“Black-box” models such as DNNs do not provide direct visibility into how predictions are made, and are therefore less explainable. “Surrogate modeling” leverages white-box interpretability to explain a black-box model’s outputs. Global surrogate modeling trains a white-box model on the predictions of a black-box model (rather than ground truth) to approximate the black-box model’s general behavior. The interpretable global surrogate model can offer explanations such as those discussed above, such as feature importance.
Global surrogate modeling can also be used at the local level by training local surrogate models to model the behavior of a black-box model for a particular input. Local Interpretable Model-Agnostic Explanations (LIME)  implements this approach, perturbing the input of interest by minimally augmenting its feature values and obtaining the predicted label of the perturbed copy from the black-box model. The copies and predictions are used to train a linear local surrogate model whose coefficients create explanations, often as plots that show how features contributed to the prediction.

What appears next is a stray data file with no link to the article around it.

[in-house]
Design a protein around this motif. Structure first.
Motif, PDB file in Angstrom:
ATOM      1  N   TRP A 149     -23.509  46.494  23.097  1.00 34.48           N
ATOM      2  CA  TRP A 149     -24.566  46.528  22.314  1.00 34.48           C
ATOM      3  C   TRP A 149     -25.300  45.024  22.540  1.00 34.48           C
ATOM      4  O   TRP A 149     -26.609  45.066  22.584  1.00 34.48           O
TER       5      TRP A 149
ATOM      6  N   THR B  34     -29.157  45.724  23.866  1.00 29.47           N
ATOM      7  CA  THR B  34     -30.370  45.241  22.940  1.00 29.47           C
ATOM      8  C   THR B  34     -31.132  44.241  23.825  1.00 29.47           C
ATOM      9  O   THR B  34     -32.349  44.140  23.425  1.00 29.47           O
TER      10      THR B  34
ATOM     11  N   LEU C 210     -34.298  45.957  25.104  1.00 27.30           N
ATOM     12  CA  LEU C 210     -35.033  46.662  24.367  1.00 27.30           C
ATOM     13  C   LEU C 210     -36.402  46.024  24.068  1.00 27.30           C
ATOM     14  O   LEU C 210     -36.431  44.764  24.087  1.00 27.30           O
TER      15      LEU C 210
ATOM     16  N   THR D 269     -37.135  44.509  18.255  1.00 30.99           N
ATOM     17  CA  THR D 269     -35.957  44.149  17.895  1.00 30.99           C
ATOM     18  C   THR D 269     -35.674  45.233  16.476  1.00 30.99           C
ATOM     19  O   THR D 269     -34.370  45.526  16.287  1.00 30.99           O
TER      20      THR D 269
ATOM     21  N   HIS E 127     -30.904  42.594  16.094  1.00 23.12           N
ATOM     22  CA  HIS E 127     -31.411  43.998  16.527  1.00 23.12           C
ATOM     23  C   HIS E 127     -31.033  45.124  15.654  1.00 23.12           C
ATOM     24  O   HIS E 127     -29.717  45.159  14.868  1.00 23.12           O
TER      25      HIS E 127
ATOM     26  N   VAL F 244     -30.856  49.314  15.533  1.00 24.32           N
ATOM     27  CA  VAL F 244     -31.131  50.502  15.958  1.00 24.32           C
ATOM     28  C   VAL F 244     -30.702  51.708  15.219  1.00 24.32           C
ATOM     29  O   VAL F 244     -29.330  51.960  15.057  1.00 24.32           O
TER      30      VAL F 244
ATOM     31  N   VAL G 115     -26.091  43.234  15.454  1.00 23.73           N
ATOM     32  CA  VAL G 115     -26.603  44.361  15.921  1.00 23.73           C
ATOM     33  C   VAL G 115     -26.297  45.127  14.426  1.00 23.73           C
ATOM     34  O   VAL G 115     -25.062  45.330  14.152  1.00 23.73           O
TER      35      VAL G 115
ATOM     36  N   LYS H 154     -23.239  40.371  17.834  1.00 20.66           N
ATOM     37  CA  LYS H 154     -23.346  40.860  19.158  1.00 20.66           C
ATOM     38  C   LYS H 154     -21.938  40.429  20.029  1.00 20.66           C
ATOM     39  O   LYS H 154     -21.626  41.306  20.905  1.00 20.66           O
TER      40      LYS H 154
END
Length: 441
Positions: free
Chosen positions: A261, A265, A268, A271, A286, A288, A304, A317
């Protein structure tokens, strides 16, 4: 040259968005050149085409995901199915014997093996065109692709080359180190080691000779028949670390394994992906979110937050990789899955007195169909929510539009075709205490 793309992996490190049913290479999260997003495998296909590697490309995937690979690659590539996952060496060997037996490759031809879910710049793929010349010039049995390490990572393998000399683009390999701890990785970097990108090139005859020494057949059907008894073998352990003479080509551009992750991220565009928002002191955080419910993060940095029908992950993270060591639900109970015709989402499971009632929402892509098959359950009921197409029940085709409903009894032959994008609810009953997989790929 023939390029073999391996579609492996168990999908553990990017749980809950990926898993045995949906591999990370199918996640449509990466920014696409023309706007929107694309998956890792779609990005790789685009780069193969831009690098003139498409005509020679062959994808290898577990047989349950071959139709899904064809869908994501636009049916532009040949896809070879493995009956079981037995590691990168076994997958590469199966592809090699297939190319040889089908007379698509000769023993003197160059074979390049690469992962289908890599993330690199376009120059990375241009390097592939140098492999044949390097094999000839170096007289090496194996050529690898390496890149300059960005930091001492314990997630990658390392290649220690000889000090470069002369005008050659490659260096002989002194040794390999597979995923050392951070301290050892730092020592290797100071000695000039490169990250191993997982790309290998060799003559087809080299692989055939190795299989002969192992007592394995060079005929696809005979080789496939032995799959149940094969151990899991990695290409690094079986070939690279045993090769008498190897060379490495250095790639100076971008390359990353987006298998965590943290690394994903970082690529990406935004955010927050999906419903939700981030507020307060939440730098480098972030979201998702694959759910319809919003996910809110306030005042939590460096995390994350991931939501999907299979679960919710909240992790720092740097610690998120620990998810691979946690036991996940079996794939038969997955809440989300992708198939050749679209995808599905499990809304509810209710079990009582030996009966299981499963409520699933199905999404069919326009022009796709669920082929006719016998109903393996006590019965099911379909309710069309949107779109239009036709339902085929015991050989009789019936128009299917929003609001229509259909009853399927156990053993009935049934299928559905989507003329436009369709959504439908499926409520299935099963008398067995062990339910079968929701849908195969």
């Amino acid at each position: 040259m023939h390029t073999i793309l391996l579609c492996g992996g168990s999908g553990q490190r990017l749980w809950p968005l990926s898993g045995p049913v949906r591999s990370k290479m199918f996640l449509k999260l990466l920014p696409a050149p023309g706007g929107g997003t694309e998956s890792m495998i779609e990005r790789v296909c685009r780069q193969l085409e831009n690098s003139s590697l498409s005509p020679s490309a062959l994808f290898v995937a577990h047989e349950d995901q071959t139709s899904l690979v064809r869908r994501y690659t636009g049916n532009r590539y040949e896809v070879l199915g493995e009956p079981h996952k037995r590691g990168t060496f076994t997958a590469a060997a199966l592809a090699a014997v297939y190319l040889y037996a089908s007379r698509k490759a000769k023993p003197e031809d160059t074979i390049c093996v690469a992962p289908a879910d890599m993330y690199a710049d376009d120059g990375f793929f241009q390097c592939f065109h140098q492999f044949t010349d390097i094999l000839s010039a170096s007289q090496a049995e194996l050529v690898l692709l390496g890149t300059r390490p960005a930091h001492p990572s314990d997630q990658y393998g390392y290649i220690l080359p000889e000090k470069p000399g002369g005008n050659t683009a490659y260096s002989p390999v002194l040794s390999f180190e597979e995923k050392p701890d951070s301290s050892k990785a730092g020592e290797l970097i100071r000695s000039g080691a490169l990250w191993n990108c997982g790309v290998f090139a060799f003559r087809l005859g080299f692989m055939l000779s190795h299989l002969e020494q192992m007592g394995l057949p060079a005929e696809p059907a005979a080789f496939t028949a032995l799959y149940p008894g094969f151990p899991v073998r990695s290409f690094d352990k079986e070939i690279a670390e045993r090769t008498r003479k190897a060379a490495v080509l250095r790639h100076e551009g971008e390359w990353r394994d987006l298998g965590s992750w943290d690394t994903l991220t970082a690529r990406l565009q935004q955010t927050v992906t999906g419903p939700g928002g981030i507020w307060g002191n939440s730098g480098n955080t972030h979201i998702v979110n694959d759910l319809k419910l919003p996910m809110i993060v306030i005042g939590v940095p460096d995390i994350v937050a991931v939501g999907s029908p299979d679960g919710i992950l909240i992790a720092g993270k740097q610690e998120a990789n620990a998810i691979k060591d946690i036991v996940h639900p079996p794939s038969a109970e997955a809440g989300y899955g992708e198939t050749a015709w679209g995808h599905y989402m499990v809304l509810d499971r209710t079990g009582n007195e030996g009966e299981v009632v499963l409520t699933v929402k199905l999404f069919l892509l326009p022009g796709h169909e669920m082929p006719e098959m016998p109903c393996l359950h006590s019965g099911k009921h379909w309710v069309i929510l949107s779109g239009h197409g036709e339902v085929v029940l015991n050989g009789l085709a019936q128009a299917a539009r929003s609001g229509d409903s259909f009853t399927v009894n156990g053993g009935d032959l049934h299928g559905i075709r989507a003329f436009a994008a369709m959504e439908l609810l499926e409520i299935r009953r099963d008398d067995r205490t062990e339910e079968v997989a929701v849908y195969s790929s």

Counterfactual instances enable data scientists to explore the relationship between model parameters (or inputs) and prediction. These explanations are most commonly used in adversarial attacks against machine learning models, but they can be applied to the decision-making process of a black-box model.